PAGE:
The ambition to cultivate aims at preserving a capacity or skill; like keeping a particular ability strong, or maintaining an impeccable backyard. It’s best represented by the example of an athlete: he runs in order to maintain his health and to ensure his fitness over 20 years. Another intuitive example is the practice of a language, done with the sole goal of staying proficient. Not with the underlying goal of applying in the future for one specific job, but for the cultivation of personal knowledge.

The ambition to build seeks creation. It’s the motivation of the architect drawing up blueprints for an opera house with an incredibly imaginative design. In a way, it’s what causes the academic to forget himself in order to focus fully on his study of a subfield for 50 years, in order to contribute to the elaboration or refutation of theories. And of course, it belongs to the emotional core of artists, businessmen, and city mayors.

The ambition to conquer is, without doubt, the most spectacular. It’s this ambition that fuelled the establishment of the great ancient empires, the subjugation of almost the whole world by the European sea powers, and finally the initiation of the Imperialist and Fascist world wars. Essentially, the ambition to conquer seeks appropriation, colonization, annihilation. History books are full of it; many wars were directed by just a few men seeking prestige, while some were started by a nation seeking status. Such ambition is often presented in epics as both glorious and heroic, particularly those actions fueled by a desire for revenge.

Of course, actions are rarely motivated by only one of these forms of ambition. Hybrids of diverging intensities of one form or the others are the rule rather than the exception. Though the most common critique of ambition as a whole concerns this third kind. In a utopia, this form of ambition should no longer exist. It is simply too dangerous.

Most notably, the high-powered nature of the ambition to conquer is destructive at its core. A striking example is Paraguayan President Francisco Solano López. One of the major causes, if not the main cause, of the deadliest South American war was this man’s ambition. It led his small, technologically-inferior nation of half a million into an unwinnable war against an alliance with a combined population of 11 million. This “war of the Triple Alliance” led the Paraguayan population to be cut from 525,000 to 221,000, of which only 28,000 were men. The ambition to conquer has put unbearable sufferings on people across time and space.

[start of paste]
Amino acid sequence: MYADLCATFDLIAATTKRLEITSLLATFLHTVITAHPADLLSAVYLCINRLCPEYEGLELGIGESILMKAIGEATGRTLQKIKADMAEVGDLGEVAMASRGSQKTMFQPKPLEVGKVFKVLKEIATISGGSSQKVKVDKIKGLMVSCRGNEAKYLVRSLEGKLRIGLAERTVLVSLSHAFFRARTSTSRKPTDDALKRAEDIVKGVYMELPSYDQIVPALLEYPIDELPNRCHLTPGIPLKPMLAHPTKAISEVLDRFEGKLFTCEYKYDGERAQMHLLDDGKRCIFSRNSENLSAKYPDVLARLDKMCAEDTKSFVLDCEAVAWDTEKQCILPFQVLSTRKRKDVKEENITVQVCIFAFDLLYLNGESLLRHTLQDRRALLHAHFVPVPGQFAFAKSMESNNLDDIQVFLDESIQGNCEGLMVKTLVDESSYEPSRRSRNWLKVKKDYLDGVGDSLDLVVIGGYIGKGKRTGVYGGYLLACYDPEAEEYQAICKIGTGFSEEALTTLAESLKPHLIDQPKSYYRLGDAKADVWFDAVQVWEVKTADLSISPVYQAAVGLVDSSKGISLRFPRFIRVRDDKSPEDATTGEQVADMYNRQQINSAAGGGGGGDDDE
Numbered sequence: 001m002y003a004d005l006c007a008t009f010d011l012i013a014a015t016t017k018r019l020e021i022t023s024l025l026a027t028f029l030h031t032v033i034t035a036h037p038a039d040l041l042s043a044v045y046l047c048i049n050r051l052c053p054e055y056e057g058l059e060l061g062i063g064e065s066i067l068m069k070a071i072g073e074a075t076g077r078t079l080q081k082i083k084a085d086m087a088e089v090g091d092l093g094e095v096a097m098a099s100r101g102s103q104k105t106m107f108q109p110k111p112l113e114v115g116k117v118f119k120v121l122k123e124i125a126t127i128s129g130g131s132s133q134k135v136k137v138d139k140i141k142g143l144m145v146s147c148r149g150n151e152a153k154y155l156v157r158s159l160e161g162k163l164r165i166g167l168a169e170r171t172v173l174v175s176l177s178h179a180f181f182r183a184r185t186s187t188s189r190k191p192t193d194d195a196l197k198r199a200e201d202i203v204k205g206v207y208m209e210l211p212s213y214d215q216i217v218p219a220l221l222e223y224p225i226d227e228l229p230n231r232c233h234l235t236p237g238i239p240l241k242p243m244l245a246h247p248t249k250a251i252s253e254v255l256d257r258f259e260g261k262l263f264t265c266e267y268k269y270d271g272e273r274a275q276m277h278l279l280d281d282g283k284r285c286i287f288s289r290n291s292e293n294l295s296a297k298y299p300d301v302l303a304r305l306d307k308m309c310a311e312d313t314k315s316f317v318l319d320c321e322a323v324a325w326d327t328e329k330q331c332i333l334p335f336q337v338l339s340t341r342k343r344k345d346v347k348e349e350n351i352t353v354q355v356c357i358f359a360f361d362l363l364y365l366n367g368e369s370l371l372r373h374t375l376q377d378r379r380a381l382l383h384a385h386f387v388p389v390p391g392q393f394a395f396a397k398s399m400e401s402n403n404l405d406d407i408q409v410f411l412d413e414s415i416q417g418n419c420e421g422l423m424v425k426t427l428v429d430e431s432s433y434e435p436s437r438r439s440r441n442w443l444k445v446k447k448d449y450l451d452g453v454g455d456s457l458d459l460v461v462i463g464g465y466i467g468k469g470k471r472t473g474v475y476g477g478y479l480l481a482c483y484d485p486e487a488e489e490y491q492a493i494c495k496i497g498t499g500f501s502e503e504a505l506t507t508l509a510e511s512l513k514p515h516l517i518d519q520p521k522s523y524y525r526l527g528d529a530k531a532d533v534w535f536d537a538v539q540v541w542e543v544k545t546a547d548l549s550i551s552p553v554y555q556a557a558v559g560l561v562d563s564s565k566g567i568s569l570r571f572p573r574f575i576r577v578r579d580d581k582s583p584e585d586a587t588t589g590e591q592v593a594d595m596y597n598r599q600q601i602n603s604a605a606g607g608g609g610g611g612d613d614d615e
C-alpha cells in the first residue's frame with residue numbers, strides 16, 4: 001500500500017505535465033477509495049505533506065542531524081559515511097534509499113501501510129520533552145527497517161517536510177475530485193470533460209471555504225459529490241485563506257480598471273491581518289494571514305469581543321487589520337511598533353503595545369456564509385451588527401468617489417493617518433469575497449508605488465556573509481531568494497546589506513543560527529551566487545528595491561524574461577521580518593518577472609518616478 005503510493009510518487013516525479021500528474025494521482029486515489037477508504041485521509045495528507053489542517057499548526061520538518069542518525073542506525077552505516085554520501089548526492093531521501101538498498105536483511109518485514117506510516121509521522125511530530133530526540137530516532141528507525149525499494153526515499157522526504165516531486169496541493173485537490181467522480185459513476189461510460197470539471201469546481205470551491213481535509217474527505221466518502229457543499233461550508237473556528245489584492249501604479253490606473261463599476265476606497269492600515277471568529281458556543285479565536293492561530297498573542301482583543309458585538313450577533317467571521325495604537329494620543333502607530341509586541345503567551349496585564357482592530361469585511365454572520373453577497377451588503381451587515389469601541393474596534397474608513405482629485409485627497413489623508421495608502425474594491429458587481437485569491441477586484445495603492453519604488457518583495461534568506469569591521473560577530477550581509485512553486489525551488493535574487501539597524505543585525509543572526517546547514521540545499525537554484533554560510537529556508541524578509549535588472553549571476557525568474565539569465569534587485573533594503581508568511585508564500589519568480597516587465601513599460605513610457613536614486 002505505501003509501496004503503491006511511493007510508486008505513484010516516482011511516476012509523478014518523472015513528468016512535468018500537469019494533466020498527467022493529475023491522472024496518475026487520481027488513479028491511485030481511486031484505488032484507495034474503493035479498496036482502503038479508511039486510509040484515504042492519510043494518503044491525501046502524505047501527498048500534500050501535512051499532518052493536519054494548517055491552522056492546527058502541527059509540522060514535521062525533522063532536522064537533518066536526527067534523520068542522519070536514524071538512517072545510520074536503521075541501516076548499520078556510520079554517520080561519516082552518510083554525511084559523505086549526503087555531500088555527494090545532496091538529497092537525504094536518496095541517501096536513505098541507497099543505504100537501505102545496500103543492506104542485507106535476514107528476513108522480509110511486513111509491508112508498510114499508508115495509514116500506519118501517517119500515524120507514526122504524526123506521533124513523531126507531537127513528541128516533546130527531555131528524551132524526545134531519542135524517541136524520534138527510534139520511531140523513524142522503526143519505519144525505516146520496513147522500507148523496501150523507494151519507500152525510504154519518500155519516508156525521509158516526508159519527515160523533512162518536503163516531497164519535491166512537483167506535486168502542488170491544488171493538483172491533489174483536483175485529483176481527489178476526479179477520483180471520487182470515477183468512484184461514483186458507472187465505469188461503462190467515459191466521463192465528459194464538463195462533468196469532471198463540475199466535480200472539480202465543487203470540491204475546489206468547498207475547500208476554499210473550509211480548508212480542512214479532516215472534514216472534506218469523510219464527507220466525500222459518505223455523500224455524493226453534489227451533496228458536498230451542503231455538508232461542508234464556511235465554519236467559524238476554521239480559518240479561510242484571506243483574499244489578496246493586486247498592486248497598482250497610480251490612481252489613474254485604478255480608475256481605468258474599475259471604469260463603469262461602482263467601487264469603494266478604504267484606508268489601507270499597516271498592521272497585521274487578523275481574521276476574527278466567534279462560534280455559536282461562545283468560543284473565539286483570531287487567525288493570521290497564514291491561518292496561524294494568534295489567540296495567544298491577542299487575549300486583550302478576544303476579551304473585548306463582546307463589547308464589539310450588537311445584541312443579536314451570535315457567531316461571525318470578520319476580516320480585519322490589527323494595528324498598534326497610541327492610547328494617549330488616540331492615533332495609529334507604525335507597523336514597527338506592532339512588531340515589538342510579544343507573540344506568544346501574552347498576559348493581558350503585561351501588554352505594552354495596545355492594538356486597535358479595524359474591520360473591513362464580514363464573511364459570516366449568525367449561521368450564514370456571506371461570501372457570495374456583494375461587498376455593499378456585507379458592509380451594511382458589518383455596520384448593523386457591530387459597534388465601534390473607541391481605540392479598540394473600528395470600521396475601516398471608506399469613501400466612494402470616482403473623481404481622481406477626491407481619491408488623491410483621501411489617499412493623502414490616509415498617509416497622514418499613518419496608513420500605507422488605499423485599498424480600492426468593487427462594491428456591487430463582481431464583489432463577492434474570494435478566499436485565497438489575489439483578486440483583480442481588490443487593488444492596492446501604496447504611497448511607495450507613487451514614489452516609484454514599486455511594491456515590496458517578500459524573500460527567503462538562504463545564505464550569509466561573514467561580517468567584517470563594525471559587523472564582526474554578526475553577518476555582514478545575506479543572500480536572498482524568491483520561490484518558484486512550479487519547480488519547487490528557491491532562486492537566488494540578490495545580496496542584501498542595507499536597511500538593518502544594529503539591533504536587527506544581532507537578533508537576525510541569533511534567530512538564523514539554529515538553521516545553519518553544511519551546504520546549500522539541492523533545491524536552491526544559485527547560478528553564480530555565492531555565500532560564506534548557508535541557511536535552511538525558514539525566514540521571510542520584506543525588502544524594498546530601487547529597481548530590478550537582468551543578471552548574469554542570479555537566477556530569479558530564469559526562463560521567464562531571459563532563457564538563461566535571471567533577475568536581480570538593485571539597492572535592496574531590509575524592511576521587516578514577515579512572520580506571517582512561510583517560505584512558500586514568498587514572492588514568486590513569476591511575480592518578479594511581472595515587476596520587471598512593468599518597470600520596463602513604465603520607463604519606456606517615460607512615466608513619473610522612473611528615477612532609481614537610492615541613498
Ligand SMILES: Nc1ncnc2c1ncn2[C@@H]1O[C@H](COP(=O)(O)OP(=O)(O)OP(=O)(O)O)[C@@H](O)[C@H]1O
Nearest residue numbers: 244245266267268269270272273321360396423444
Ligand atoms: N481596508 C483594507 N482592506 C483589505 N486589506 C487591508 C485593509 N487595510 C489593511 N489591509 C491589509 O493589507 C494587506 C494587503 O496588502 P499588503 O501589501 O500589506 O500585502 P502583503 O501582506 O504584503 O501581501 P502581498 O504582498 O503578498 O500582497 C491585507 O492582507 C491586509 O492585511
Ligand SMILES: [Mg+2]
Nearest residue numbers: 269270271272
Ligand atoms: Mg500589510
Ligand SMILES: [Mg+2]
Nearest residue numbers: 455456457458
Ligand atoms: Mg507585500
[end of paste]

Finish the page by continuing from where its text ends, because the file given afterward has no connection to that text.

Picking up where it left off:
Photo by Danka Peter

Numerous victories aren’t satisfactory for the conqueror, either. Success only feeds this ambition, creating a bottomless abyss, a self-produced addiction. After beating one enemy, you can’t wait to face the next. Pyrrhus couldn’t be satisfied by becoming king of Epirus; he next invaded southern Italy, and then Sicily, and then Macedon, and then the Peloponnese. Each new campaign meant the loss of prior winnings, and eventually the loss of everything else (including his life). Alexander the Great’s empire stretched from Macedonia all the way to Persia for a few years until it crumbled because he just couldn’t get enough. The leader trapped in the vicious circle of conquest resembles Sisyphus trying to roll a boulder up a hill.

A final warning, the ambition to conquer inevitably affects the individual’s relation to others. It’s the suspicion that friends stand in your path to success so you must drop those friendships holding you back from your potential. After all, as French surrealist and poet Phillipe Soupault said “the main enemy of friendship is ambition”. Famously, former French prime minister Edouard Balladur betrayed his close friend the former president Jacques Chirac, as he stood in his way in the race for the presidency. Examples of self-destructing ambition are numerous throughout history. Again, reference should be made to Alexander the Great. Not only did he lose the loyalty of the exhausted soldiers whom he fought alongside for a decade, but he also killed one of his dearest companions, Cleitus the Black. Supportive relationships can never be more than a means to an end for the conquest-driven soul.

Discussing ambition “in its essence” is impossible, since the word doesn’t have one single essence. Ambition is a neutral term, but we should not uncritically support all forms of ambition. We should hold on to our desire to build or cultivate while limiting our drive to conquer. To build the ideal society, humanity doesn’t have to abandon part of what makes it human, but instead learn to avoid the unsustainable and destructive form of the ambition conquer.